ecosystem, or perform an existing function differently. • Not yet ready for mainstream release and have unreliable backwards compatibility. • Active • The day-to-day workhorse projects, with strong backwards compatibility. • May be adding major features, but not radically changing their workflows. • Sustain • No major new features added, but updated for OCaml releases. • Continue to use these, but be aware that there may be active alternatives. • Can be an extremely important part of the ecosystem and in this mode indefinitely. • Deprecate • Being pushed out of the OCaml distribution and platform. • There will be recommended alternatives, and projects should migrate. The OCaml Platform: Classification
  16. The OCaml Platform odoc documenting 1.5.1 ISC incubate ocamlformat editing

    0.15.0 MIT incubate lsp-server editing 1.0.0 ISC incubate mdx testing 1.7.0 ISC incubate bun testing 0.3.3 MIT incubate dune-release packaging 1.4.0 ISC incubate opam packaging 2.0.7 LGPLv2 active opam-publish packaging 2.0.2 LGPLv2 active dune building 2.7.0 MIT active merlin editing 3.3.7 MIT active utop editing 2.6.0 BSD3 active ppxlib ast 0.16.0 MIT active ocamlfind packaging 1.8.1 MIT sustain ocamlbuild building 0.14.0 LGPLv2 sustain ocp-indent editing 1.8.1 LGPLv2 sustain omp ast 2.0.0 LGPLv2 sustain camlp4 ast 4.11.0 LGPLv2 deprecate oasis build 0.4.11 LGPLv2 deprecate
  17. • How do we decide what is in scope for

    the Platform? • Initially, just tools. Libraries will be supported as "transitive dependencies".
 (e.g. even ppx compiles into a binary driver) • Principles for acceptance: • Sharing: does this assist with the reuse and publication of OCaml code? • Development: does this improve the OCaml development process, ranging from onboarding new developers to maintaining a legacy codebase? • Evolution: is there a strategy for incremental change and backwards compatibility over several years? • Openness: is the source code liberally licensed, and are there any operational restrictions (such as online services) that the tool depends on? • Structural requirements: • Maintainer resources, establish a community need, demonstrate some adoption. The OCaml Platform: Scope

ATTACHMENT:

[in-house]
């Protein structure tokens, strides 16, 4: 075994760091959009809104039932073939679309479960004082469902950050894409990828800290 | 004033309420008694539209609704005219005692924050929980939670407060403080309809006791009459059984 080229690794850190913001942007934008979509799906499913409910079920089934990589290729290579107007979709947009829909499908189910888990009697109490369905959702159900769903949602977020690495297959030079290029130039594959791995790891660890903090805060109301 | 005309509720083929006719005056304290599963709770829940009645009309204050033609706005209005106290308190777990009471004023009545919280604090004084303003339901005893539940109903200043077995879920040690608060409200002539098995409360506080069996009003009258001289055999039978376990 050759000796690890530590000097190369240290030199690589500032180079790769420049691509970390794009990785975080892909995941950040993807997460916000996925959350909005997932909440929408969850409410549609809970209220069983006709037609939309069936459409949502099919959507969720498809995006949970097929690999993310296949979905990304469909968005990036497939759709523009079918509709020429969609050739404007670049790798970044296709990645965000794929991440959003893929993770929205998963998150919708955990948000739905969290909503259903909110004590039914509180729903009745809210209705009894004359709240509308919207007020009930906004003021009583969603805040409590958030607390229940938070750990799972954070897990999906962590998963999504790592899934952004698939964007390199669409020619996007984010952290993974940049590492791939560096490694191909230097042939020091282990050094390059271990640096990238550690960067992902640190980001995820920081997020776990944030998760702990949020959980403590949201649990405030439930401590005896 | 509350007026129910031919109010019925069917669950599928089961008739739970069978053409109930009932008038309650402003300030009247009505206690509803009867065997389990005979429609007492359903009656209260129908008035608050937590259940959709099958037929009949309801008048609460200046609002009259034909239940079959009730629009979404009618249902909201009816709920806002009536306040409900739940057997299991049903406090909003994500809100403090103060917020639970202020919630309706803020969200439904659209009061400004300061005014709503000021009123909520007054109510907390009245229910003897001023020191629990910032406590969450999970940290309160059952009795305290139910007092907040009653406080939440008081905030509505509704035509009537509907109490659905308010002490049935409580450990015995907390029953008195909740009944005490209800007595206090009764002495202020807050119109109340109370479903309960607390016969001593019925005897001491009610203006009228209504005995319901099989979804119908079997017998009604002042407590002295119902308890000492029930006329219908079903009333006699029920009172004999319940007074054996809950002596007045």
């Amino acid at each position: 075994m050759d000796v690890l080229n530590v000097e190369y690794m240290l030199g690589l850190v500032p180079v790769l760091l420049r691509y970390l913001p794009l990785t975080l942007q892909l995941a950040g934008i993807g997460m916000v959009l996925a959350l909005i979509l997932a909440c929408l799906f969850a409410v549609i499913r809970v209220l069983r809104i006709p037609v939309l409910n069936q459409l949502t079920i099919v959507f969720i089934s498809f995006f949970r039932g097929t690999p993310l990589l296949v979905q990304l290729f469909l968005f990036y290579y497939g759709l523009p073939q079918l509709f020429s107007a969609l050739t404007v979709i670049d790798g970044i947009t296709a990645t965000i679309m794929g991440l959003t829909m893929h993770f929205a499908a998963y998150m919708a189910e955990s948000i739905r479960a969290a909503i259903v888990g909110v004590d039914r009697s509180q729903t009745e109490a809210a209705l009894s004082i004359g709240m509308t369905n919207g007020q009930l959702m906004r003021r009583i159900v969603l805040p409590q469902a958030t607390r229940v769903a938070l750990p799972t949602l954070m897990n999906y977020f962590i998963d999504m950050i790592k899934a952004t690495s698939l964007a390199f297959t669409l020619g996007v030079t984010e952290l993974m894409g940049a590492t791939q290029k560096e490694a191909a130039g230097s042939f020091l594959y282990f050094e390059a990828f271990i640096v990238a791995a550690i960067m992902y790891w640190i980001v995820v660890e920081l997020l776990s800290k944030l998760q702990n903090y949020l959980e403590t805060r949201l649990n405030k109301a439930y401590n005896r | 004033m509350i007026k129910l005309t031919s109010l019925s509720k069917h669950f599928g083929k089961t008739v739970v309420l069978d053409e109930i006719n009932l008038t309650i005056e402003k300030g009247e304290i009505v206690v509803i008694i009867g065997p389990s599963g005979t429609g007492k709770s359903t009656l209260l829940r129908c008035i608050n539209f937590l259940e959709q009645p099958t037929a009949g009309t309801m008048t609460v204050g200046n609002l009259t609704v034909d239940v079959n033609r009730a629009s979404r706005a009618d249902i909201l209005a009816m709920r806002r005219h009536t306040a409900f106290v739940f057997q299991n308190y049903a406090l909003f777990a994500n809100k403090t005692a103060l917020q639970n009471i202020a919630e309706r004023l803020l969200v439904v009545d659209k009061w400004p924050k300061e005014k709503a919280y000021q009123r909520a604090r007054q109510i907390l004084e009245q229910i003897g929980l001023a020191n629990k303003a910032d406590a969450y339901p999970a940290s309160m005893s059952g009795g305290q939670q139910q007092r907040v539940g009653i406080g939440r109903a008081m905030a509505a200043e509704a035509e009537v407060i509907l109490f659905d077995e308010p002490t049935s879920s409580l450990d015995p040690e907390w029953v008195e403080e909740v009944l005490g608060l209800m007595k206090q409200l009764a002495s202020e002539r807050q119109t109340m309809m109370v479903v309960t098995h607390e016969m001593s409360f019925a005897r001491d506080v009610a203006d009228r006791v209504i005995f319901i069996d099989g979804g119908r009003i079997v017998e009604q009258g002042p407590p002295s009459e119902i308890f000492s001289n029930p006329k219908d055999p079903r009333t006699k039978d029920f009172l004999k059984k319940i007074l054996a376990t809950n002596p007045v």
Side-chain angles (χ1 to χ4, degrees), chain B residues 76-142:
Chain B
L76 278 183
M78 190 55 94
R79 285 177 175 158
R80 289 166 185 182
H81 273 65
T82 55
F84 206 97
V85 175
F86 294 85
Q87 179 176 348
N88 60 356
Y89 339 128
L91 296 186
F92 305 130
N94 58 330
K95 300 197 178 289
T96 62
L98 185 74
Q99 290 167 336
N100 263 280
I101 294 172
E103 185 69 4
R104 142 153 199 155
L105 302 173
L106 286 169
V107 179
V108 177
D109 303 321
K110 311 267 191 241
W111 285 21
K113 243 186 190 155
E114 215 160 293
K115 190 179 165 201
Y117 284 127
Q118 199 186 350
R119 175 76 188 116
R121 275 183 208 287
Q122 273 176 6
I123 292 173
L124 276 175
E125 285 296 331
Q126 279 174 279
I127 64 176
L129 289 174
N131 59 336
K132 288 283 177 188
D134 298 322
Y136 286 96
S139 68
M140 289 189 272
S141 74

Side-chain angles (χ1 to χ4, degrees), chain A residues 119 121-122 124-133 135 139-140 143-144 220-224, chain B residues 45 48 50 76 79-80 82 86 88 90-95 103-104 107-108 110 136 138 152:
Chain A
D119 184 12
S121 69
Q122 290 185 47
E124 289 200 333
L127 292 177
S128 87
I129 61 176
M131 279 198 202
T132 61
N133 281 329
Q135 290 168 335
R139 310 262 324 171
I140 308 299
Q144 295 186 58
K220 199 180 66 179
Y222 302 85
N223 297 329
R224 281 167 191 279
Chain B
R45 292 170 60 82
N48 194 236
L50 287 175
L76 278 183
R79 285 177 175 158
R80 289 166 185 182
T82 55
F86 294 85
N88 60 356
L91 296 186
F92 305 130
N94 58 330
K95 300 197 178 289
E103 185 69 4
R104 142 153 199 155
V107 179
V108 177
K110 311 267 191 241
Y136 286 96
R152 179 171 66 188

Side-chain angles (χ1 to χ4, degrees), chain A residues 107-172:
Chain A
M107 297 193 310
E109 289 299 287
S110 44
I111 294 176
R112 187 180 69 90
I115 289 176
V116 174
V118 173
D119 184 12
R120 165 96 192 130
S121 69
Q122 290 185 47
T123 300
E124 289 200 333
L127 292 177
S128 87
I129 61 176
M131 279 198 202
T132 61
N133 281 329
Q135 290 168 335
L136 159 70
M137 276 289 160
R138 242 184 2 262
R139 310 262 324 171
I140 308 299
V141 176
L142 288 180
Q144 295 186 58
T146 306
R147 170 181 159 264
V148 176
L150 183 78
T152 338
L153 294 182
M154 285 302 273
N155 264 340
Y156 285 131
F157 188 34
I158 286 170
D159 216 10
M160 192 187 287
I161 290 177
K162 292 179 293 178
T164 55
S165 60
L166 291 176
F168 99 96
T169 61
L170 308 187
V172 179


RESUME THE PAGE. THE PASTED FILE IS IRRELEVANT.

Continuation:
18. The OCaml Platform: lifecycle Incubate Active Sustain Deprecate

  19. The OCaml Platform: lifecycle Incubate Active Sustain Deprecate Cornerstone projects

    in the ecosystem: opam: source-based package management dune: composable build system for OCaml merlin: IDE and type-checker integration utop: interactive REPL via a CLI ppxlib: AST manipulation infrastructure opam-publish: release OCaml packages Usage Guidelines: Are the recommendation for new projects. Advanced users can continue to use toolchain directly. Avoid duplication of functionality. Metadata files are versioned reliably.
  20. The OCaml Platform: lifecycle Incubate Active Sustain Deprecate Filling a

    gap in the tooling ecosystem: odoc: cross-referenced documentation ocamlformat: mechanical code formatting lsp-server: OCaml backend for IDEs mdx: automated testing of code fragments bun: automated fuzz testing in CI dune-release: easier releases to opam How to get promoted? Establish a migration path and need.
 odoc: replace all major uses of ocamldoc ocamlformat: support partial file indentation (ocp-indent) lsp-server: a release cycle for time and testing dune-release: integrate with opam-publish, avoid duplication
  21. The OCaml Platform: lifecycle Incubate Active Sustain Deprecate Stable and

    being maintained best-effort: ocamlfind: compilation unit manager ocamlbuild: build system (formerly included with compiler) ocp-indent: as-you-type code formatting Sustain projects are best-effort If your projects use them, then it is safe to continue, but there may be better alternatives.